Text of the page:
Cost Comparison: Falls Church vs. Arlington

Chances are pretty good that at some point recently you heard someone say how expensive Falls Church is to live. So I figured why not do a simple comparison of what it really costs to live here vs. our neighbors. Please note, the below numbers only include basic utilities. They exclude items not provided by the local jurisdiction (phone, Internet, TV, etc.). So here’s what I found……

 

Alexandria (City of)

*Property Tax: 1.038/$100 TAV

*Refuse: $328/yr.

*Sewer: $6.51/1000 gal.

*Water: $11.59 first 2000 gal; $1.93/1000 gal. above that

 

Arlington County

*Property Tax: 1.006/$100 TAV

*Refuse: $294/yr.

*Sewer: $8.63/1000 gal.

*Water: $3.98/1000 gal.

 

Fairfax County

*Property Tax: $1.085/$100 TAV

*Refuse: $345 (via 18 private companies)

*Sewer: $6.55/1000 gal. (plus $12.79/quarter)

*Storm Water: $.02/$100 TAV ($109/yr. for property with $545,279 TAV, i.e. County average)

*Water: $2.29/1000 gal. (current customers); 2.44/1000 gal. (new customers)

 

Falls Church City

*Property Tax: $1.305/$100 TAV

*Refuse: No extra charge

*Sewer: $8.62/1000 gal.

*Water: $3.27/1000 gal.

 

As noted above, only Fairfax County currently has a storm water fee. Falls Church has one in the works (expected in 2014). It’s not known whether it will be based on the amount of impervious service area of a given property or its TAV. The other jurisdictions will most likely have such a fee soon. Also you’ll notice we pay more for water than Fairfax. As stated by Fairfax Water, Falls Church will continue to pay the current rate for two years after the deal closes. It remains to be seen if we will then get the Fairfax rates.

 

Notes:

1. Rates are for 2013-14 fiscal year.

2. The above does not include minor fees (new accounts, Chesapeake Bay, leaf collection, etc.).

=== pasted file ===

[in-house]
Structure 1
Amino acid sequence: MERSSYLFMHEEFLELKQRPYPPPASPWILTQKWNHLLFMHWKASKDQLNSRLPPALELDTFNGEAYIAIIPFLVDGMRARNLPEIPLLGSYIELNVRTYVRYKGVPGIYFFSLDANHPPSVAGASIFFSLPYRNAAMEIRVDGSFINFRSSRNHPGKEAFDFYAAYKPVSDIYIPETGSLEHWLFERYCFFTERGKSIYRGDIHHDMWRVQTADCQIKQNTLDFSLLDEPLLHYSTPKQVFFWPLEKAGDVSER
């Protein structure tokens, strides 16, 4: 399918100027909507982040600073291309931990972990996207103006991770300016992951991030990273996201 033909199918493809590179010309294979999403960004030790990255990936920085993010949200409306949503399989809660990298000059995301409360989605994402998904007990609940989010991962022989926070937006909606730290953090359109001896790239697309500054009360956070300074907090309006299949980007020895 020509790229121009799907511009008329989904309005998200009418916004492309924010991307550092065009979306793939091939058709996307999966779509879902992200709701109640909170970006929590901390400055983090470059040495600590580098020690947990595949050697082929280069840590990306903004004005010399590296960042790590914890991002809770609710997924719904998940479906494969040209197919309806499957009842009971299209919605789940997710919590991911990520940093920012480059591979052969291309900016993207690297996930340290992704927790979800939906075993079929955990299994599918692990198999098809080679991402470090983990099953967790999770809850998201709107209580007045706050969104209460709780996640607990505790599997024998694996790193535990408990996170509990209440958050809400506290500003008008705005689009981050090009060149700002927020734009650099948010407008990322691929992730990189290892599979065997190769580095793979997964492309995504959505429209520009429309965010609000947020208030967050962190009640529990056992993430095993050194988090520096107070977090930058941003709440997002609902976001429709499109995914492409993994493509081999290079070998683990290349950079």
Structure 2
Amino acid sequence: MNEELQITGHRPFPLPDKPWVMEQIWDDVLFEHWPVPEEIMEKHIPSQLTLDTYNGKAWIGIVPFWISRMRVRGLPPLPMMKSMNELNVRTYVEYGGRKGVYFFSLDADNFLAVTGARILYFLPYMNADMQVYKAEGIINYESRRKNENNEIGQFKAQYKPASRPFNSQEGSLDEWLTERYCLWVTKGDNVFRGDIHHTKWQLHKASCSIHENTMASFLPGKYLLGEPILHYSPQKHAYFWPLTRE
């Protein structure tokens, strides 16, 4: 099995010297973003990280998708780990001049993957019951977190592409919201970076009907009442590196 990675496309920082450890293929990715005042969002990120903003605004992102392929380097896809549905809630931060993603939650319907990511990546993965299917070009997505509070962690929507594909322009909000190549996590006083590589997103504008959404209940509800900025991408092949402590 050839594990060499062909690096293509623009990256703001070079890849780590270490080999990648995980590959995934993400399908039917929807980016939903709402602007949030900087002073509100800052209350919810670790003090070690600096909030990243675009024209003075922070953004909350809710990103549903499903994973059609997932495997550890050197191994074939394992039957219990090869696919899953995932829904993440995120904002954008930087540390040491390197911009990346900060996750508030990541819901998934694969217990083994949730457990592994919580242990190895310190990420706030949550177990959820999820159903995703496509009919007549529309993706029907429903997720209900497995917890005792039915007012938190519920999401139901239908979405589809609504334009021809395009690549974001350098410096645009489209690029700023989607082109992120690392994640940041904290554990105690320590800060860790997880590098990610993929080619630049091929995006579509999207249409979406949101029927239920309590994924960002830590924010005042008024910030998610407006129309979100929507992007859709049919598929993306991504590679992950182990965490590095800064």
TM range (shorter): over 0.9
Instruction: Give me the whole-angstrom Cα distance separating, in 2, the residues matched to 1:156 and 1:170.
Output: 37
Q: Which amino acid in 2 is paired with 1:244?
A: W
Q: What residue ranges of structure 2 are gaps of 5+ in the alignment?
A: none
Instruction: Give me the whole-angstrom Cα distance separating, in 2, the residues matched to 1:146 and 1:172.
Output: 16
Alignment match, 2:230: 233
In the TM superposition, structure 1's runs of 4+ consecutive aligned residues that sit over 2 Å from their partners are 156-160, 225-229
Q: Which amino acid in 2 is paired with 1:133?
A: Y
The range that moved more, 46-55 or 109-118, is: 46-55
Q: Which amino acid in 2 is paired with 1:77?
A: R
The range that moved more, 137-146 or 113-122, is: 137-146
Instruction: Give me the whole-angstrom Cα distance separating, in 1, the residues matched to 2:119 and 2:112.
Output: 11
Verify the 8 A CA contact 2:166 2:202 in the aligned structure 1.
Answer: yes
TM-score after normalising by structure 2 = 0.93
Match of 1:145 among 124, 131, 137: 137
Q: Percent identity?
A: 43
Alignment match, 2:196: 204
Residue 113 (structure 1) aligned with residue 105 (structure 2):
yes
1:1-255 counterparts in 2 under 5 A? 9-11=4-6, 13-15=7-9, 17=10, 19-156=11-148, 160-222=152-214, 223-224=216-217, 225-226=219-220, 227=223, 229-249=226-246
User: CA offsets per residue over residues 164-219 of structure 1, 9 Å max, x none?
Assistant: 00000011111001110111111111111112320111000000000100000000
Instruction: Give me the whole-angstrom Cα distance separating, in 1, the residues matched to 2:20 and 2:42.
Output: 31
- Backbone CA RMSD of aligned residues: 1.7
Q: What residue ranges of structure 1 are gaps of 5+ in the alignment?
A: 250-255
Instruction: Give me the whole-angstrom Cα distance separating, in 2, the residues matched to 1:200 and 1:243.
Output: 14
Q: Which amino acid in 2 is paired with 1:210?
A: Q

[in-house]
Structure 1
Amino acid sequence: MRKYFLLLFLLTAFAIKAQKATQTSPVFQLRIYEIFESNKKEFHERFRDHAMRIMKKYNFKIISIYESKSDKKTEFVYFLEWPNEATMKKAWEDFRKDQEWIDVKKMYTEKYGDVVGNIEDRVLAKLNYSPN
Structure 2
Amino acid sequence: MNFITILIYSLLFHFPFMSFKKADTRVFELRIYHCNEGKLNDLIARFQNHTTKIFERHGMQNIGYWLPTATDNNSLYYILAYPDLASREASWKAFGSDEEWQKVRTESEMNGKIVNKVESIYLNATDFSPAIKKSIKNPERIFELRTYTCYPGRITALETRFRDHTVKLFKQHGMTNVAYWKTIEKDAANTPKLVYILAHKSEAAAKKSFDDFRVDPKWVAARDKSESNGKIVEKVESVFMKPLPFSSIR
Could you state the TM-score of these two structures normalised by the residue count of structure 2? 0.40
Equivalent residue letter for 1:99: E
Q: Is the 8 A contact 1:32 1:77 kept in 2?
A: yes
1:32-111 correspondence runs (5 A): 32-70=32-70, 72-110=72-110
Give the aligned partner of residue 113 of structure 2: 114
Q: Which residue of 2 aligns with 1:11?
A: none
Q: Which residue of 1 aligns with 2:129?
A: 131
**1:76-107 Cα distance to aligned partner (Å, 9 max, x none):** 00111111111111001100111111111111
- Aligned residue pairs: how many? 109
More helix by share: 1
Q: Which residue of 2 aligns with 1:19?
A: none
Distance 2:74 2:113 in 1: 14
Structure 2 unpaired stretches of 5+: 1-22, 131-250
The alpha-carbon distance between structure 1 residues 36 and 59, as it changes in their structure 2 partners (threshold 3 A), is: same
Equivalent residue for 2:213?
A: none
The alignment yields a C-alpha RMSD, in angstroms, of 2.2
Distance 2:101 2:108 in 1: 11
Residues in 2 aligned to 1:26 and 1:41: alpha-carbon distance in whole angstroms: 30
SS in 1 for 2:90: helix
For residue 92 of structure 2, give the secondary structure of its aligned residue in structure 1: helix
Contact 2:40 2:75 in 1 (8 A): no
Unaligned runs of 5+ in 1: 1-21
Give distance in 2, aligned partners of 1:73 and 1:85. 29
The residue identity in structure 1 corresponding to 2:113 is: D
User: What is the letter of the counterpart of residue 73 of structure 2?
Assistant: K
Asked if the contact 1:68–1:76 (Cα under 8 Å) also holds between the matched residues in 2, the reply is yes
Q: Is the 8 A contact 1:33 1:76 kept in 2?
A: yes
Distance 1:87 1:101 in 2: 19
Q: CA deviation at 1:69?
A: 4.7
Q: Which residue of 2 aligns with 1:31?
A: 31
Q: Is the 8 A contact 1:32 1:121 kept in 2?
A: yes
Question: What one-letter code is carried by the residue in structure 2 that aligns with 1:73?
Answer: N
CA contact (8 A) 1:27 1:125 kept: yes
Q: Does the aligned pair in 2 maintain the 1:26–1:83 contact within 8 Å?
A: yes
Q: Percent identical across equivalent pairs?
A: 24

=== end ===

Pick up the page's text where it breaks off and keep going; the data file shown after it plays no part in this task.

3. Refuse includes trash and recycling.

4. TAV: Tax Assessed Value

 

As you can see, non-property tax fees are similar and thus pretty much a wash. They’re not the reason someone chooses one area to live over another. I doubt few Falls Church residents would lose sleep over paying a bit more for water over Fairfax, assuming they even know it. The obvious difference is property taxes and ours are quite a bit higher. Here are the taxes by city/county for two fictitious properties.

 

$500,000 TAV

*Alexandria: $5190

*Arlington: $5030

*Fairfax: $5425

*Falls Church: $6525

 

$1,000,000 TAV

*Alexandria: $10,380

*Arlington: $10,060

*Fairfax: $10,850

*Falls Church: $13,050

 

Falls Church pays quite a bit more in comparison (26%–Alexandria, 30%–Arlington; 20%–Fairfax) for the $500K home. The differences for the $1M dollar property are 26%, 23%, and 20% respectively. Clearly Arlington is the lowest and given all their amenities–schools, parks, Metro, proximity to D.C., it’s a good deal. I would argue that Falls Church has essentially the same amenities but at a premium.

 

So Is The Extra Cost Worth It?

For now, yes. There’s no evidence to suggest folks are leaving Falls Church (or avoiding moving here) based on this cost difference–at least not yet. Those that know about the difference are okay with it (including me, for now). There are likely some that don’t even know it exists. But at what point do the scales start to tip? That’s almost impossible to say exactly when or at what tax rate. However it’s safe to say we’re closer to the tipping point now than we’ve even been. Were we hit that point, the repercussions would be severe. Once people started to question the value of Falls Church, we’d have a real problem.

While our commercial base is thankfully growing, we don’t enjoy the luxury of massive commercial space our neighbors have. So we’re forced to question/debate how much we spend and on what. Depending on how the expected storm water fee is calculated, it could easily make some home owners that much more irate–especially since many residents likely don’t know it’s coming. Maybe that could end up causing the silent majority to finally speak up.

 

So depending on whom you ask, you’ll get varying opinions as to what they’re willing to pay. That’s because there are both monetary and emotional reasons why people do what they do. And choosing where to live is prime example of a multi-faceted choice.